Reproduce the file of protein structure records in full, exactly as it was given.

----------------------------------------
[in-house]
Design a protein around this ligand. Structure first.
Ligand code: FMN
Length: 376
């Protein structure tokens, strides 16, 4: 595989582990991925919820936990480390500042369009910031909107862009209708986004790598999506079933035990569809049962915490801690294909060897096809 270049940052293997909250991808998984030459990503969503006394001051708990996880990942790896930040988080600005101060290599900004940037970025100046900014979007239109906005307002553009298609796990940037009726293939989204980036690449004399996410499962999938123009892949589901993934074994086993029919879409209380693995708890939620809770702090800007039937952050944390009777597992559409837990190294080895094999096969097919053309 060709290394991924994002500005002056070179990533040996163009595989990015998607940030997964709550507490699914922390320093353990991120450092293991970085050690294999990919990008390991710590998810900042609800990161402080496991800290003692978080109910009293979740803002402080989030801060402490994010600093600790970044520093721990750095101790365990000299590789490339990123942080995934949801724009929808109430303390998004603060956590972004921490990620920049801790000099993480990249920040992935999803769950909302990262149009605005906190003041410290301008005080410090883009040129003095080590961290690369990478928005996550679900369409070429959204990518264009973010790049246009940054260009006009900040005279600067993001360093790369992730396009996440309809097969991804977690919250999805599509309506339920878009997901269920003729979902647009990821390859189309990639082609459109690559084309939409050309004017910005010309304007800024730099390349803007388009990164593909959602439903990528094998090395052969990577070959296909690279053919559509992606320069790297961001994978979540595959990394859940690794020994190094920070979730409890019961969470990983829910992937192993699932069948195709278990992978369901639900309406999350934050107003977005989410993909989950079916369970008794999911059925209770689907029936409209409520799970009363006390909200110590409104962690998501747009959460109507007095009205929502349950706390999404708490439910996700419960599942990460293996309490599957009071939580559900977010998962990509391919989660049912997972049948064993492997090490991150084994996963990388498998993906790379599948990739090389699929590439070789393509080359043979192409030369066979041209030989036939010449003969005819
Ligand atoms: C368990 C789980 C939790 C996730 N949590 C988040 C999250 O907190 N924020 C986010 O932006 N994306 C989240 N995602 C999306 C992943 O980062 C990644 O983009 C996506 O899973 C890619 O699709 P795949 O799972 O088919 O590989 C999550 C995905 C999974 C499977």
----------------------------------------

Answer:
[in-house]
Design a protein around this ligand. Structure first.
Ligand code: FMN
Length: 376
């Protein structure tokens, strides 16, 4: 595989582990991925919820936990480390500042369009910031909107862009209708986004790598999506079933035990569809049962915490801690294909060897096809 270049940052293997909250991808998984030459990503969503006394001051708990996880990942790896930040988080600005101060290599900004940037970025100046900014979007239109906005307002553009298609796990940037009726293939989204980036690449004399996410499962999938123009892949589901993934074994086993029919879409209380693995708890939620809770702090800007039937952050944390009777597992559409837990190294080895094999096969097919053309 060709290394991924994002500005002056070179990533040996163009595989990015998607940030997964709550507490699914922390320093353990991120450092293991970085050690294999990919990008390991710590998810900042609800990161402080496991800290003692978080109910009293979740803002402080989030801060402490994010600093600790970044520093721990750095101790365990000299590789490339990123942080995934949801724009929808109430303390998004603060956590972004921490990620920049801790000099993480990249920040992935999803769950909302990262149009605005906190003041410290301008005080410090883009040129003095080590961290690369990478928005996550679900369409070429959204990518264009973010790049246009940054260009006009900040005279600067993001360093790369992730396009996440309809097969991804977690919250999805599509309506339920878009997901269920003729979902647009990821390859189309990639082609459109690559084309939409050309004017910005010309304007800024730099390349803007388009990164593909959602439903990528094998090395052969990577070959296909690279053919559509992606320069790297961001994978979540595959990394859940690794020994190094920070979730409890019961969470990983829910992937192993699932069948195709278990992978369901639900309406999350934050107003977005989410993909989950079916369970008794999911059925209770689907029936409209409520799970009363006390909200110590409104962690998501747009959460109507007095009205929502349950706390999404708490439910996700419960599942990460293996309490599957009071939580559900977010998962990509391919989660049912997972049948064993492997090490991150084994996963990388498998993906790379599948990739090389699929590439070789393509080359043979192409030369066979041209030989036939010449003969005819
Ligand atoms: C368990 C789980 C939790 C996730 N949590 C988040 C999250 O907190 N924020 C986010 O932006 N994306 C989240 N995602 C999306 C992943 O980062 C990644 O983009 C996506 O899973 C890619 O699709 P795949 O799972 O088919 O590989 C999550 C995905 C999974 C499977």